Center field - Curtis Granderson
Granderson was a pleasant surprise for Tigers fans last season.
The youngster put up some eye-popping numbers, most notably leading MLB in triples with an astounding 23. He isn't the fastest CF in the league, but he thrives on pure hustle.
The only real weakness thus far is Granderson's strikeout rate. He nearly cracked the top 10 in strikeouts with 141—although he did have 174 in '06. Improvement is the key.
Left field - Jacque Jones
This is one of those mind-boggling signings that leaves fans perplexed.
Why Jones? Better yet, why not Marcus Thames (currently listed second on the LF depth chart), who has shown power and promise in Detroit?
Maybe I'm being hard on Jones, but why bother with a guy who has low power numbers, low OBP, and consistently strikes out?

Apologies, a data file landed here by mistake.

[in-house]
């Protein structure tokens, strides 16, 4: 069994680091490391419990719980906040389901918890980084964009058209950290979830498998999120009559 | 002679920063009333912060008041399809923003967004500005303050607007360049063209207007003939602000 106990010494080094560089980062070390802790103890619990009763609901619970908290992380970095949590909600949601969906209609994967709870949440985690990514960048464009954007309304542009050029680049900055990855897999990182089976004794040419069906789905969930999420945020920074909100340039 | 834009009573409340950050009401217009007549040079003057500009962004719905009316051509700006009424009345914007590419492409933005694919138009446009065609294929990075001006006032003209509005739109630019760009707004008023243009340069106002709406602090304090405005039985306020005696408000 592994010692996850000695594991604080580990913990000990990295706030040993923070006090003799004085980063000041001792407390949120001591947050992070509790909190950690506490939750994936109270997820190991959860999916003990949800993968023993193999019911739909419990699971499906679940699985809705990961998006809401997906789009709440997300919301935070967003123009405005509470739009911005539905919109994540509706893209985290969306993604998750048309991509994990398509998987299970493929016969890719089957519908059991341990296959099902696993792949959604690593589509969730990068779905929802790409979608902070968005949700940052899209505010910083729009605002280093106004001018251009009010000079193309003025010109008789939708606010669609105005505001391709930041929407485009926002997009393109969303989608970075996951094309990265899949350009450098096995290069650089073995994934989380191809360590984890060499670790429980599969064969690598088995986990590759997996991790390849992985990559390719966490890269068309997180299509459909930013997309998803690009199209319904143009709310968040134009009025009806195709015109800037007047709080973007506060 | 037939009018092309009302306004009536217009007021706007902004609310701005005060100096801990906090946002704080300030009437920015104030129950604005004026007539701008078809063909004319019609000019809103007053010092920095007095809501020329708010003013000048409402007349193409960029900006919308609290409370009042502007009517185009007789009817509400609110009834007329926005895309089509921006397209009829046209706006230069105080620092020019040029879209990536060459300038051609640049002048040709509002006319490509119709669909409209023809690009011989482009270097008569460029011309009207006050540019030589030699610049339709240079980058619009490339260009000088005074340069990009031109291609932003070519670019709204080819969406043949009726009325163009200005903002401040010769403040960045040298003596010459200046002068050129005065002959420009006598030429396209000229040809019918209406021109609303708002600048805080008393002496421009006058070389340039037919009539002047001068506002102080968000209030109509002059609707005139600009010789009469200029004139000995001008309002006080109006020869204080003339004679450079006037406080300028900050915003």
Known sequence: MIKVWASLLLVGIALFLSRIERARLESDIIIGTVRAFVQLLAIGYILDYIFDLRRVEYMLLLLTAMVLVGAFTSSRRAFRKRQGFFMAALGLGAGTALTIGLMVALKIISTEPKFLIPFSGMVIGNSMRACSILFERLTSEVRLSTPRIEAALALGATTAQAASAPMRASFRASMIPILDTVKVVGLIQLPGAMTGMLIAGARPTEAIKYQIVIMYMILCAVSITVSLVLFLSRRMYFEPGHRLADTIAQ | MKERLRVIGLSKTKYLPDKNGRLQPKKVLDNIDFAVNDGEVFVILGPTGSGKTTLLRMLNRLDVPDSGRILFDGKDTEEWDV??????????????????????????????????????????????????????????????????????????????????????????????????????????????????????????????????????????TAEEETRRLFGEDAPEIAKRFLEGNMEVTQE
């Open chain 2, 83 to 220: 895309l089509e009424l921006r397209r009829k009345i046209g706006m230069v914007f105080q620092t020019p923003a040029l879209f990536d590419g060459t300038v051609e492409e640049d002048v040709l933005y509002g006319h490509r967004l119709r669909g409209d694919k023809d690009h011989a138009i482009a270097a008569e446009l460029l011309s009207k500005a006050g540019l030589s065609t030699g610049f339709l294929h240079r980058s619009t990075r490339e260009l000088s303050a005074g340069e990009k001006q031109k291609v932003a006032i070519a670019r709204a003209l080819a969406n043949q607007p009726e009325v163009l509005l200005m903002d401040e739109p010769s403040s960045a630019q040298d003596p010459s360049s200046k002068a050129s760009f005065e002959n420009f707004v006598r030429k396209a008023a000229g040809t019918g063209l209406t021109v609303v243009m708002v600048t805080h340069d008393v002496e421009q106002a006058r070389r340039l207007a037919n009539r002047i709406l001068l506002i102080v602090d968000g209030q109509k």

It's nothing personal—it's just that Jones has declined a bit and doesn't seem to fit into the lineup. Is he likely to be a hero in October?
I think not.
Designated Hitter - Gary Sheffield
Mitchell Report Alert!
It'll be interesting to see how Sheff reacts to the nasty chants on the road. I'm guessing it's nothing new.
He isn't getting younger, but he can still crank the occasional line-drive HR. Obviously, defense won't be a concern, and Sheff will hit in the middle of a stacked lineup. Batting average could use a boost, though.
The "flame-thrower" I referred to at the beginning of the piece.
His 2007 numbers: 201.2 IP; 67 BB; 183 K; 3.66 ERA. Threw a no-hitter in his second year, but Leyland needs to keep the workload to a minimum.
A drop-off from Verlander and a letdown in '07.
Age is the biggest factor for Rogers, who just turned 43. Somehow I don't foresee a solid '08 unless baseball legalizes designer steroids.
Pre All-Star Break: 3.48 ERA. Post All-Star Break: 7.38 ERA.
What the hell happened? Injuries? Tough Schedule? Bonderman was lit up by half the league.